1. Relaxation

Sigh - “Aahh” downwards yawn - release tension in te throat.

Soft palate  Use “Hung-ah”  and hard “K” sound to release.

Release slowly and hear the sound change.   

Smile - make as if holding back a laugh

2. Breath

Stomach expansion - lie on floor and raise stomach, use a plate sitting on stomach.

Breathe in though nose - it filters and humidifies the air. Exhale though the mouth.

When speaking or singing inhale through the nose not the mouth to avoid drying out the mouth but exhale through the mouth.

Exercise A.
3 stages:  Inhale 1/3 capacity - hold for 3” - inhale a further 2/3 capacity - hold for 3” - complete inhalation - hold for 3” - exhale - hold empty for 3” - repeat.

Exercise B.

Long inhale 4” - hold 4” - exhale 4” - hold empty for 4”.

The 4-7-8 breathing  a breathing pattern developed by Dr. Andrew Weil based on an ancient yogic technique called pranayama.
Prepare for the practice by resting the tip of your tongue against the roof of your mouth, right behind your top front teeth. You’ll need to keep your tongue in place throughout the
practice. It takes practice to keep from moving your tongue when you exhale. Exhaling during 4-7-8 breathing can be easier for some people when they purse their lips.
The following steps should all be carried out in the cycle of one breath:
First, let your lips part. Make a whooshing sound, exhaling completely through your mouth.
Next, close your lips, inhaling silently through your nose as you count to four in your head.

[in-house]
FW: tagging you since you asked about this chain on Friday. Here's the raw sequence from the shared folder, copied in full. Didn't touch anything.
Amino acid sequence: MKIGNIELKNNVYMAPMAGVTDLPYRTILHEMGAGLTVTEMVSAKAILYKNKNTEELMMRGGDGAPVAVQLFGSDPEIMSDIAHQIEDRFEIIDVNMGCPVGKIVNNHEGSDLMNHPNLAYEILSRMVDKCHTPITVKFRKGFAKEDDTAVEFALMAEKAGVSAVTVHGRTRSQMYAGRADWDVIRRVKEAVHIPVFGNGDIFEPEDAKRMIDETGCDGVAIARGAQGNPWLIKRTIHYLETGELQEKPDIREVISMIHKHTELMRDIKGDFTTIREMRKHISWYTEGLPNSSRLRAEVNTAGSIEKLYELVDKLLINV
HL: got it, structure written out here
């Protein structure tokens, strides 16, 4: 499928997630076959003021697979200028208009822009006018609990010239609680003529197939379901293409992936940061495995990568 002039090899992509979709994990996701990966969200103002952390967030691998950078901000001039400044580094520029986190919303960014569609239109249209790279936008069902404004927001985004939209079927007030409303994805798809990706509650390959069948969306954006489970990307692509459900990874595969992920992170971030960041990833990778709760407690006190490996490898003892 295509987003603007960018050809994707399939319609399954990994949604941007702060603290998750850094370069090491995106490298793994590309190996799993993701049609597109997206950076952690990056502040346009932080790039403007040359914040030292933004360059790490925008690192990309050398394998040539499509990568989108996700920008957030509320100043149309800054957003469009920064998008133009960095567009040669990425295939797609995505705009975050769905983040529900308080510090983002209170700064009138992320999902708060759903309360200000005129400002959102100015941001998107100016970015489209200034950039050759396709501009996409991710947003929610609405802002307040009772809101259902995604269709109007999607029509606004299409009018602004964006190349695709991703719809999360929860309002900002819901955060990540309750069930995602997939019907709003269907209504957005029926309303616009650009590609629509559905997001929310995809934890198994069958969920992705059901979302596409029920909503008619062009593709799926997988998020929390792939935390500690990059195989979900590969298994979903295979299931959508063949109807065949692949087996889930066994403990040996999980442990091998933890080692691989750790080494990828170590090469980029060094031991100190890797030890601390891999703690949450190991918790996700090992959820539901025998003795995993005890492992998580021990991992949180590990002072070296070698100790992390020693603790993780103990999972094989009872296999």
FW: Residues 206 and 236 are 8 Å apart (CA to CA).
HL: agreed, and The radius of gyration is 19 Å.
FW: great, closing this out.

Then, for seven seconds, hold your breath.
Make another whooshing exhale from your mouth for eight seconds.
When you inhale again, you initiate a new cycle of breath. Practice this pattern for four full breaths.
The held breath (for seven seconds) is the most critical part of this practice. It’s also recommended that you only practice 4-7-8 breathing for four breaths when you’re first starting
out. You can gradually work your way up to eight full breaths.

3. Lip trills.

Say the word “Brrrr” (like its really cold !) - the lips will vibrate at the end of the word. Try to extend the vibration into a continuous sound.
Michael's Breathing Exercises
4. Tongue trills.

The rolling R sound is made by vibrating your tongue against the back of your top teeth, which is very similar to the way your mouth moves when you say an English T or D.

Start by saying the letter R, in English, out loud. Pay attention to how your mouth moves while you say the letter R. You’ll notice that your tongue does not touch the back of your teeth, it sort of just hangs there in mid-air.

Now say the letters T and D, in English, out loud. Pay attention to how your mouth moves when you say T and D. You’ll notice that your tongue touches the back of your upper front teeth - almost like your tongue is pushing your teeth forward.

The placement of your tongue while you say T and D in English is the same placement you need to perfect when attempting to roll your Rs. But in addition to your tongue simply touching the back of your front teeth, it also has to vibrate. It’s this vibration that creates the trill or rolling sound.

The important part of this step is to recognize how your mouth and tongue should move in order to roll your Rs. When you move forward and start practicing the actual rolling R sound, remember to pay attention to your tongue placement.

5. Head voice.

Focus on the space above the nose and jaw.

Siren sound with mouth closed (As if you've eaten something really good)

Maintain siren sound but open the mouth whilst retaining the sound

King's Lynn Male Voice Choir
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